Hope for Haiti: People Living in Extreme Poverty Invite Us to Build New Relationships
Message by Eugen Brand, Director General, International Movement ATD Fourth World
Haiti is "a concentration of the tragedies and failures of international solidarity," according to Ricardo Seitenfus, representative of the Organization of American States. It’s true, the situation for the past year has shown brutally how little progress the world has made in being able to think and act together with all stakeholders.
Too often, international cooperation is planned in consultation with only a few people, based on good will that is genuine but can lack follow through, as well as on unstated economic interests. This is why so many people continue to feel humiliated by international aid. Seitenfus continues by saying: "Autonomy, sovreignty, fair trade and respect should be the motor of international relations." This is what people living in extreme poverty in Haiti have been saying, in their own words, since last year’s earthquake. In the isolated district of Port-au-Prince where we work, they faced the catastrophe with dignity, intelligence and solidarity. About rebuilding their district and their country, they said:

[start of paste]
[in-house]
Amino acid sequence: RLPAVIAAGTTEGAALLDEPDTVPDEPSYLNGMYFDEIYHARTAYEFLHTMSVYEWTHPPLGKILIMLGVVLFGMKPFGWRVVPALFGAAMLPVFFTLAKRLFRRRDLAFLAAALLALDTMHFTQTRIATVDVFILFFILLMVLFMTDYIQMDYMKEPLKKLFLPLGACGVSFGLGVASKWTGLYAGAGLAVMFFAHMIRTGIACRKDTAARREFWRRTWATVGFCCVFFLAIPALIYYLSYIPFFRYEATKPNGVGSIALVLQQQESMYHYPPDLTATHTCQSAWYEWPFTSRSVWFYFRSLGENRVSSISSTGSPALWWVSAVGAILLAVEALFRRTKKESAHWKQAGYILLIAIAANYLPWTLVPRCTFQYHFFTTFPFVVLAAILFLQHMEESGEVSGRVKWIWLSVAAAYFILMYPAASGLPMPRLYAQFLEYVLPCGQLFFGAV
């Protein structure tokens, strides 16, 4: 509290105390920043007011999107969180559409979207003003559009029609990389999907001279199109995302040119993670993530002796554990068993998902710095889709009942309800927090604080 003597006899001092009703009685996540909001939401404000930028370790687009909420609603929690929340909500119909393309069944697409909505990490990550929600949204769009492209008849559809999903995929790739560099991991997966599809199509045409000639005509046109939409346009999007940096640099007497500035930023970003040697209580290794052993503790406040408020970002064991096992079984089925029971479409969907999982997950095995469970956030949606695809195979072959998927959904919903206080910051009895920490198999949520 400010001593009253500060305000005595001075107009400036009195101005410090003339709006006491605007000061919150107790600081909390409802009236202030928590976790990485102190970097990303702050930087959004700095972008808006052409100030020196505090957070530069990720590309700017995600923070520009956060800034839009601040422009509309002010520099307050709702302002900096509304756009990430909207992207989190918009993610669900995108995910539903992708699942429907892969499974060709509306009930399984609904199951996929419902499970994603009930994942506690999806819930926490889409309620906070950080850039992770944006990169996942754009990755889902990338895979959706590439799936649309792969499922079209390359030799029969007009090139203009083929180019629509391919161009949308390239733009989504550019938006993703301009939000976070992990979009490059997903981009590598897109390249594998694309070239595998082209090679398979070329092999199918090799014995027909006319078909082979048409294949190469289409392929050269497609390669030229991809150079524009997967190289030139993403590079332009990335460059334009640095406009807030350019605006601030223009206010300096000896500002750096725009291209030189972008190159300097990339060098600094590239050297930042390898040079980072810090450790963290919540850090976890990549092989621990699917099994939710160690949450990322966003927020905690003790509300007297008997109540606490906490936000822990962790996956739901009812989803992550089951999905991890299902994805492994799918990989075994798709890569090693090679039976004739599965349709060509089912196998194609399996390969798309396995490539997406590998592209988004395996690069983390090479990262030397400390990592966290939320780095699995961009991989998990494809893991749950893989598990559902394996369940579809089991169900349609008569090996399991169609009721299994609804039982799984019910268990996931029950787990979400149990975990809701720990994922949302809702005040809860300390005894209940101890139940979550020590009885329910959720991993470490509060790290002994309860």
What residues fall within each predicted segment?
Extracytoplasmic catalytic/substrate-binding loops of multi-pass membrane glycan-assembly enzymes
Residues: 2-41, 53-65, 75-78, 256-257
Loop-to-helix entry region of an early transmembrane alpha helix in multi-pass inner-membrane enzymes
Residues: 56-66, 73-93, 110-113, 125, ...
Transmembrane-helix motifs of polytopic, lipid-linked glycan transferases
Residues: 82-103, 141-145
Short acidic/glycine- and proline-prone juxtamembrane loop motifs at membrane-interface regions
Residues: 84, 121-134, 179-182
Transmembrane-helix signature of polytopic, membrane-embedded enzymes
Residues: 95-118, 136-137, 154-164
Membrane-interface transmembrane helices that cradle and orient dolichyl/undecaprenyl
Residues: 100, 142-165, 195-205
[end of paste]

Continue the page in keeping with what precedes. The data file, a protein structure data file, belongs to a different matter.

- that the reconstruction should be rooted in a new way of living together with more socio-economic justice, with a strong government that seeks to improve the welfare of every Haitian;
- that their young people are ready and willing to pitch in, instead of feeling useless and getting caught in cycles of violence;
- and that, while outside support remains needed, dependency on decisions made elsewhere humiliates their country.
Like others living in unbearable conditions around the world, the youths and adults of this disadvantaged district of Port-au-Prince know that it is in the midst of ongoing crises that their future is shaped. They call on us to develop new relationships with the common goal of human rights for all. This means each and every person living in freedom and dignity. Yes, this goal is ambitious. But in Haiti as elsewhere, we find hope in building new relationships that enable us to think and act together with everyone concerned to tackle our world’s challenges.